Polish Artist Plants Living Holocaust Monument in German Capital

Political art is the theme of this year's contemporary arts festival in Berlin, and one Polish artist is transplanting one aspect of the concentration camp to the German capital.

Daniel Rauchwerger
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Daniel Rauchwerger

"Berlin-Birkenau," a new installation by Polish artist Lukasz Surowiec, was put in place in the German capital last week as part of the Berlin Biennale. Surowiec, 26, took hundreds of birch trees from the area surrounding the Auschwitz-Birkenau Nazi death camp in Poland and placed them around the German capital.

Also featuring in this year's Biennale are works by Israeli artist Yael Bartana and Palestinian artist Khaled Jarrar.

A still taken from “Zamach (Assassination), 2011” by artist Yael Bartana, which is being shown at the 7th Berlin Biennale.Credit: Reuters

This weekend also marks the opening of an exhibition in the Berlin Medical Historical Museum of Israeli artist Aya Ben Ron.

The birch trees, called Birke in German, lent their name to the Birkenau camp where as many as 1.5 million people, mostly Jews, perished between 1940 and 1945. The theme of this year's contemporary arts festival in Berlin is political art.

"This is an attempt to create a new kind of monument, a living monument," said Surowiec, who has had commemorative plaques erected in front of the trees. "With the help of nature, I try to continue a generational mission of deepening the memory of the victims of the Holocaust. "My project is effectively based on giving back the 'inheritance' to its owners."

Biennale director Artur Zmijewski, also Polish, says it seems paradoxical to his compatriots that a place where Germans committed one of the worst crimes against humanity is not in Germany, but in Poland.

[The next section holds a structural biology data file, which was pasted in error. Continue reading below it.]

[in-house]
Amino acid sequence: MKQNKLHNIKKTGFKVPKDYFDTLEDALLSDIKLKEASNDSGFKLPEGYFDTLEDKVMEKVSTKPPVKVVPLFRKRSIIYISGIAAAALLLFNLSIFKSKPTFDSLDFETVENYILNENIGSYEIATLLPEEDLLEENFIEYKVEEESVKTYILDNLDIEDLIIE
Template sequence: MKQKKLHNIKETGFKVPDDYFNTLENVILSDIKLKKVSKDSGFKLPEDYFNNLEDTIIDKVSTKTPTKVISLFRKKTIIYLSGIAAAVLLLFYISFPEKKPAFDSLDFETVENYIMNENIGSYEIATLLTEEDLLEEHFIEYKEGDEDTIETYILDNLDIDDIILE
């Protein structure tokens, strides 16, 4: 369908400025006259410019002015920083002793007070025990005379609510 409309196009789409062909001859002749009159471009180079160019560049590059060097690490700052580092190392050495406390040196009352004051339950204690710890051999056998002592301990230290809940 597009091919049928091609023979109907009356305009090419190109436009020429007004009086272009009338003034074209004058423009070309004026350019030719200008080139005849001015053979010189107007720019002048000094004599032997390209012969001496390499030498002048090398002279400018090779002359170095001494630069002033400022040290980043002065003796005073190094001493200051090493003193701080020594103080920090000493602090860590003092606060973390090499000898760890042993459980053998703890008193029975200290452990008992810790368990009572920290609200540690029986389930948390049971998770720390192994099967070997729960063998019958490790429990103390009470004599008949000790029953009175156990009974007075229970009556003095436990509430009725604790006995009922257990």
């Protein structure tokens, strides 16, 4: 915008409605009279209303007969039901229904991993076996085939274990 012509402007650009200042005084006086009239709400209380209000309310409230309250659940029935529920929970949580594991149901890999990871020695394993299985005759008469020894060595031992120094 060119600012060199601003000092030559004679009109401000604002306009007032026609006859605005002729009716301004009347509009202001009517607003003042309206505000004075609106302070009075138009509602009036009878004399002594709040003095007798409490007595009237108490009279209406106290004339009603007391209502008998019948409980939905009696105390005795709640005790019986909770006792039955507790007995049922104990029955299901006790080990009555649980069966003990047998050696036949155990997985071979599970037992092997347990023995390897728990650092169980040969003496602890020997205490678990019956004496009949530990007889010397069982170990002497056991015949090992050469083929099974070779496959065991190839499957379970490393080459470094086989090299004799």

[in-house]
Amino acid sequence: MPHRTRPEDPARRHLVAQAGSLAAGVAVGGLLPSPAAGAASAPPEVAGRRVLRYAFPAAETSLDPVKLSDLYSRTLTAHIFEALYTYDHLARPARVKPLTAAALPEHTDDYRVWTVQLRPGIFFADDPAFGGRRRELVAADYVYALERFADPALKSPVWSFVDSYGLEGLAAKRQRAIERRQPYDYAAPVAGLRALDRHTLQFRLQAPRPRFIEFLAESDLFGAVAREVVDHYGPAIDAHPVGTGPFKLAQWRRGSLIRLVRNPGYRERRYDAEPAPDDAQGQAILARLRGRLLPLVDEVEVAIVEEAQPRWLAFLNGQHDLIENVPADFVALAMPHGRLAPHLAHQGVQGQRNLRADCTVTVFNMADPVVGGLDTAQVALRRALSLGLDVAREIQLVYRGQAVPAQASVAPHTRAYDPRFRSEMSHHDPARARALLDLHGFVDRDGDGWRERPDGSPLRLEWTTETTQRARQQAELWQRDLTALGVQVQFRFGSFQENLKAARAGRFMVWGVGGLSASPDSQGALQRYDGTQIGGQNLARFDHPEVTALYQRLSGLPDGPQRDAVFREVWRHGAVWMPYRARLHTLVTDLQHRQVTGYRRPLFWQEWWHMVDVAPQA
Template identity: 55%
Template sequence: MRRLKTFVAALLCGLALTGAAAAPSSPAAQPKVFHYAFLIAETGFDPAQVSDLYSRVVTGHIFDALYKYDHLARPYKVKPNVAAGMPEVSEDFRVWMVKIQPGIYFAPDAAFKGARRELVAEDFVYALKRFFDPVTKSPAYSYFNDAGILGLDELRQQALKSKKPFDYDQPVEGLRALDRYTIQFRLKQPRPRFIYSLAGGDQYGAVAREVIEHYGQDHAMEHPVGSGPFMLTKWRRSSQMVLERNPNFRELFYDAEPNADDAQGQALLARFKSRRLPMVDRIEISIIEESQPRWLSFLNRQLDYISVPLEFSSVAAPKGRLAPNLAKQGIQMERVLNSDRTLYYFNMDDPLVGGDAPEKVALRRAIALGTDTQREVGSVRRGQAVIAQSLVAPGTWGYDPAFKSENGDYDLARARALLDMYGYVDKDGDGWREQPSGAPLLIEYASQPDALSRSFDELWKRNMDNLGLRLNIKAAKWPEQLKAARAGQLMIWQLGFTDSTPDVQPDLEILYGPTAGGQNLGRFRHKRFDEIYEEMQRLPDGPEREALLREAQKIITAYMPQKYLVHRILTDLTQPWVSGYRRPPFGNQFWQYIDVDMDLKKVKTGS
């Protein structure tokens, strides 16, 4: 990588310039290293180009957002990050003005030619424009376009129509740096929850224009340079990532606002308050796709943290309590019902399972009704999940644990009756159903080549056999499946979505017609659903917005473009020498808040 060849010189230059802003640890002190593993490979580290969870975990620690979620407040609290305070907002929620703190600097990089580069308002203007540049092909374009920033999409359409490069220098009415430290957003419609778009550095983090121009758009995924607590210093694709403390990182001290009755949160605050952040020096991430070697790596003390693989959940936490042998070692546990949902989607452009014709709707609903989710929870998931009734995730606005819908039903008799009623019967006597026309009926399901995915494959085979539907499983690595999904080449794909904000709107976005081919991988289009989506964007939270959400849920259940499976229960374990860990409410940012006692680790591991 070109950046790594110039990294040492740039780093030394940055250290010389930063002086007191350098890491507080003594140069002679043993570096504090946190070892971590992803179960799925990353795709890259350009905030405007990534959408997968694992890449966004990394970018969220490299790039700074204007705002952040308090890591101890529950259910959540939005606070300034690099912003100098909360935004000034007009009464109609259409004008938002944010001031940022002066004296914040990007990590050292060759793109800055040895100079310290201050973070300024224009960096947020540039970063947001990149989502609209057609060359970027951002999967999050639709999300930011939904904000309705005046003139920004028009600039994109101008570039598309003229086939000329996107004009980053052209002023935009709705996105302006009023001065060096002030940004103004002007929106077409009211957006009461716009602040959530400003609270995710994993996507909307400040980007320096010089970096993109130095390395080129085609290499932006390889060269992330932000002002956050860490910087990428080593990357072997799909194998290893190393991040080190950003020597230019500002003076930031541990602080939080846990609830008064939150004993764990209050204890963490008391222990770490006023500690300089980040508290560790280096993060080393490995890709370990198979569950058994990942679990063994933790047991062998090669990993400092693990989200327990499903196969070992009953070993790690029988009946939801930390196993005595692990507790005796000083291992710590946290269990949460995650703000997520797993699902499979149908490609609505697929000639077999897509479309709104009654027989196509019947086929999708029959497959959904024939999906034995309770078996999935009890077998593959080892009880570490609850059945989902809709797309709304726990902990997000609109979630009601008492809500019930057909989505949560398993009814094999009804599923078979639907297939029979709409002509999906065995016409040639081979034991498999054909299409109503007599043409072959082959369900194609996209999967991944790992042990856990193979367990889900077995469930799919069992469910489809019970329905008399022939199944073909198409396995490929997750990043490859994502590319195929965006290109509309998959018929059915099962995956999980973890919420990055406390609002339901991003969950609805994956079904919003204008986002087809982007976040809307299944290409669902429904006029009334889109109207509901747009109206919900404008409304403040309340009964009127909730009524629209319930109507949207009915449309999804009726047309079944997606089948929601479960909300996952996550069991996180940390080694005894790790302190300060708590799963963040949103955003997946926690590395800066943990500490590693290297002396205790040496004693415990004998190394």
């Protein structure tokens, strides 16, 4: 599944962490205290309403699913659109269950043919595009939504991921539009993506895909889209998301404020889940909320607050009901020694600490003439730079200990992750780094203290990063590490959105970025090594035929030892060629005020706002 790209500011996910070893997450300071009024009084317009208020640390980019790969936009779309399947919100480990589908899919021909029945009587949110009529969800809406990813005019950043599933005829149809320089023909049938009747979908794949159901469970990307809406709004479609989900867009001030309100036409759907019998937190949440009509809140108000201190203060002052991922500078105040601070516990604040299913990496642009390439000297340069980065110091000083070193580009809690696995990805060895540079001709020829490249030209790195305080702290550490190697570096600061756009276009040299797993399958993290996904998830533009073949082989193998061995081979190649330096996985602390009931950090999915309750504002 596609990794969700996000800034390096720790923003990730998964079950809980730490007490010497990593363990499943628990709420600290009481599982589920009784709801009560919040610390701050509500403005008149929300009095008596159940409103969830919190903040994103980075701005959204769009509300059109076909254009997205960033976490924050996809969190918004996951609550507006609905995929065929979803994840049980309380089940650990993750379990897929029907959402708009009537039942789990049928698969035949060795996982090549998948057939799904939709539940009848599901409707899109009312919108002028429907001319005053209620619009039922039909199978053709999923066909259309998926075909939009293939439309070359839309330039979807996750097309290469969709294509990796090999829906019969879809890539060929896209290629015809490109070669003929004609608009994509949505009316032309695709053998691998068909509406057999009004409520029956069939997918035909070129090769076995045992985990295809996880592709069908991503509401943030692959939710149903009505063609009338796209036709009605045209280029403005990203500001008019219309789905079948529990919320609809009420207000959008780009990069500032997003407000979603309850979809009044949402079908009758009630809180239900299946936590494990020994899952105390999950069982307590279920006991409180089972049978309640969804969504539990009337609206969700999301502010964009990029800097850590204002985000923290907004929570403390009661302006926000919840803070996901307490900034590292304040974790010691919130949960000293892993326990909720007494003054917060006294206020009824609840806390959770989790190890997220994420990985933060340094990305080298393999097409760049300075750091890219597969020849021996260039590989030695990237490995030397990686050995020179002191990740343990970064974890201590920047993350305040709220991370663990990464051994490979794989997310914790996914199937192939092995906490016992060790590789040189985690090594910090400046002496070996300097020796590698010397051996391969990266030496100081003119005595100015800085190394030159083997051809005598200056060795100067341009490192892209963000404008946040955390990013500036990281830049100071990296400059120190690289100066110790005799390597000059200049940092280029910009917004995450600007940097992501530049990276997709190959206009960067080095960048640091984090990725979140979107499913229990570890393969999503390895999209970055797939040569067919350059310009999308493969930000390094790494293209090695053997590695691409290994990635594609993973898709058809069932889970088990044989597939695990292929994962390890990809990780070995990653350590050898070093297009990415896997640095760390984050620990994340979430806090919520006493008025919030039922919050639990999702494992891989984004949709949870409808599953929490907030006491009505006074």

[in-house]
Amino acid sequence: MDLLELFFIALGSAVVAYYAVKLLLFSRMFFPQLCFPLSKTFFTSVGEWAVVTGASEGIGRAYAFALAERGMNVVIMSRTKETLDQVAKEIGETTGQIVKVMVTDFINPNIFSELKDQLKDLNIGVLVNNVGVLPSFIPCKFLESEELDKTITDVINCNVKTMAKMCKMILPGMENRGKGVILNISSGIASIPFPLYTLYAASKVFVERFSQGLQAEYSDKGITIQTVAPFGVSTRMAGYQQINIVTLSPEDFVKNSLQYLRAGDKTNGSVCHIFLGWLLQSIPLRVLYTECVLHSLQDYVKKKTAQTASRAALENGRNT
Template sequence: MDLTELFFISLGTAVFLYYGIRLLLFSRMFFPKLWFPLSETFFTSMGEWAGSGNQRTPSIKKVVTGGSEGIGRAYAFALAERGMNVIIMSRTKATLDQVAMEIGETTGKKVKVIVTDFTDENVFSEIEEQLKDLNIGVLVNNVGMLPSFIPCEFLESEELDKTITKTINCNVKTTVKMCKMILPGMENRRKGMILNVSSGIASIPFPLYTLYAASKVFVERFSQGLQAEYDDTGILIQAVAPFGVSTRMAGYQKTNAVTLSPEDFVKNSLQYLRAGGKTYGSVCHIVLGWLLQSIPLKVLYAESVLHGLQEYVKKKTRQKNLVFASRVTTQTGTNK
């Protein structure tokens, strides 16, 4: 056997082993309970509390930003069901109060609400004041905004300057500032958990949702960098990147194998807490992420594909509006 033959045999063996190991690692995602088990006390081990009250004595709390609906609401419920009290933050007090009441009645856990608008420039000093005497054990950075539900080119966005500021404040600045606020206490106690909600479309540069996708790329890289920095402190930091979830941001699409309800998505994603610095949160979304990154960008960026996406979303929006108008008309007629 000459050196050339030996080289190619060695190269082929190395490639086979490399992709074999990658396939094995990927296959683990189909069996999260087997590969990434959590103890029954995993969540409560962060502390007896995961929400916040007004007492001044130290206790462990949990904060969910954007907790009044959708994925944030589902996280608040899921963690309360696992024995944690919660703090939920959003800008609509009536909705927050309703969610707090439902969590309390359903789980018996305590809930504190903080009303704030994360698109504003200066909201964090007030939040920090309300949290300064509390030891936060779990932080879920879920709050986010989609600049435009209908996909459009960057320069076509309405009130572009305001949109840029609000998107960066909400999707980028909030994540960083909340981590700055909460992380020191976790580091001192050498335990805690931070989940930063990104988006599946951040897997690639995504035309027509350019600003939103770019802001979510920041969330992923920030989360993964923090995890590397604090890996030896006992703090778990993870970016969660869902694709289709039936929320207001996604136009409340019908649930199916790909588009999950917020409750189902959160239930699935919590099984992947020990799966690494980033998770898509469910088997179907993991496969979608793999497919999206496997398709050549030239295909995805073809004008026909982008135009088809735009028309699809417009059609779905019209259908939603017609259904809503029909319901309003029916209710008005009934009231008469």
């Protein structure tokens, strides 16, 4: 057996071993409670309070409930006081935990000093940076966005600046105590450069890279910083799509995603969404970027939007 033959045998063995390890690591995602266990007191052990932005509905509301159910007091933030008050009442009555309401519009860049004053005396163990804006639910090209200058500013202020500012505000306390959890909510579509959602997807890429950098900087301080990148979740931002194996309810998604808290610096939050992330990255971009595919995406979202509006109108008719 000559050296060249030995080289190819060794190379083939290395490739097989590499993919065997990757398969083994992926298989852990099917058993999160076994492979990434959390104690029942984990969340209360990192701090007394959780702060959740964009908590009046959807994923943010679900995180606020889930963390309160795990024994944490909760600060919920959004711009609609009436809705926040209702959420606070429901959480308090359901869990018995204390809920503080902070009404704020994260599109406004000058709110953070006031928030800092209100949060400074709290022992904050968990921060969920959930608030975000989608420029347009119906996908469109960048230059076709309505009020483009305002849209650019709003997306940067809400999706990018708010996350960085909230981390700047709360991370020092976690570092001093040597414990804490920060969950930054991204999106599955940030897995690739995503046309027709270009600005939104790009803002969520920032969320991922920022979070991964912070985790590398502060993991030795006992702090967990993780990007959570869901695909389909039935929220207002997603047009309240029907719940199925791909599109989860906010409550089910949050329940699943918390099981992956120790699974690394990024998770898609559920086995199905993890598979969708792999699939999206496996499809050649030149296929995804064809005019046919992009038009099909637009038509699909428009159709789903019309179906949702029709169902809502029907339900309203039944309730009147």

This installation, one of many at the Biennale which is not confined to a gallery or museum, is therefore partly about the "politics of history", he said.

The Holocaust and the Palestinian territories are strong themes at the Biennale this year, which is run by the contemporary art center KW in former East Berlin but sprawls throughout the entire city.

The Berlin Biennale was founded in 1998, inspired by the Venice Biennale, and aims to showcase little established young artists and provide a forum for experimentation.

The seventh edition officially opened on Friday and runs through July 1, but many projects such as Surowiec's began ahead of the official opening.

Zmijewski, 45, has said he wants "the exhibition to become a political space that resembles a parliament more than a museum."

Bartana, 41, will hold the "First International Congress of The Jewish Renaissance Movement," a symbolic project calling for the return of Jews to Poland that she created through video artwork.

"We call for the return of 3.3 million Jews to Poland to symbolize the possibility of our collective imagination - to right the wrongs history has imposed," Bartana says.